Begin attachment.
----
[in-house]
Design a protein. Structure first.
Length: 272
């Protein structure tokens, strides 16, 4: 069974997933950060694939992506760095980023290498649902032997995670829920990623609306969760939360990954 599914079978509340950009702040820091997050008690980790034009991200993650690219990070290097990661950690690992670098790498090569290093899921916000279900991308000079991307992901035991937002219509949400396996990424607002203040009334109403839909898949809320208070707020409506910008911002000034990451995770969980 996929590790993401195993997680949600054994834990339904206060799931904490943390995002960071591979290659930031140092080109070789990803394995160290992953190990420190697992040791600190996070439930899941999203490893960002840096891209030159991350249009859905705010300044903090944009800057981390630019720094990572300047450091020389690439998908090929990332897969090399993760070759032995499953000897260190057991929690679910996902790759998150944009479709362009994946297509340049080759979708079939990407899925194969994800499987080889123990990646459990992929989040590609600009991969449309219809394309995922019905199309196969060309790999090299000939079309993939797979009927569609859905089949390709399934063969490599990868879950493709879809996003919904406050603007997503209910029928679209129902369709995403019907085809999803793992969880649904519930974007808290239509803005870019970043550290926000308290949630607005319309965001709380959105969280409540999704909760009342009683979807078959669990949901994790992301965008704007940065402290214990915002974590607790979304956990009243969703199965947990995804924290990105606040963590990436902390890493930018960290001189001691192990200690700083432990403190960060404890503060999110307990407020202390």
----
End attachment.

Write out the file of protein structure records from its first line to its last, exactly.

[in-house]
Design a protein. Structure first.
Length: 272
């Protein structure tokens, strides 16, 4: 069974997933950060694939992506760095980023290498649902032997995670829920990623609306969760939360990954 599914079978509340950009702040820091997050008690980790034009991200993650690219990070290097990661950690690992670098790498090569290093899921916000279900991308000079991307992901035991937002219509949400396996990424607002203040009334109403839909898949809320208070707020409506910008911002000034990451995770969980 996929590790993401195993997680949600054994834990339904206060799931904490943390995002960071591979290659930031140092080109070789990803394995160290992953190990420190697992040791600190996070439930899941999203490893960002840096891209030159991350249009859905705010300044903090944009800057981390630019720094990572300047450091020389690439998908090929990332897969090399993760070759032995499953000897260190057991929690679910996902790759998150944009479709362009994946297509340049080759979708079939990407899925194969994800499987080889123990990646459990992929989040590609600009991969449309219809394309995922019905199309196969060309790999090299000939079309993939797979009927569609859905089949390709399934063969490599990868879950493709879809996003919904406050603007997503209910029928679209129902369709995403019907085809999803793992969880649904519930974007808290239509803005870019970043550290926000308290949630607005319309965001709380959105969280409540999704909760009342009683979807078959669990949901994790992301965008704007940065402290214990915002974590607790979304956990009243969703199965947990995804924290990105606040963590990436902390890493930018960290001189001691192990200690700083432990403190960060404890503060999110307990407020202390």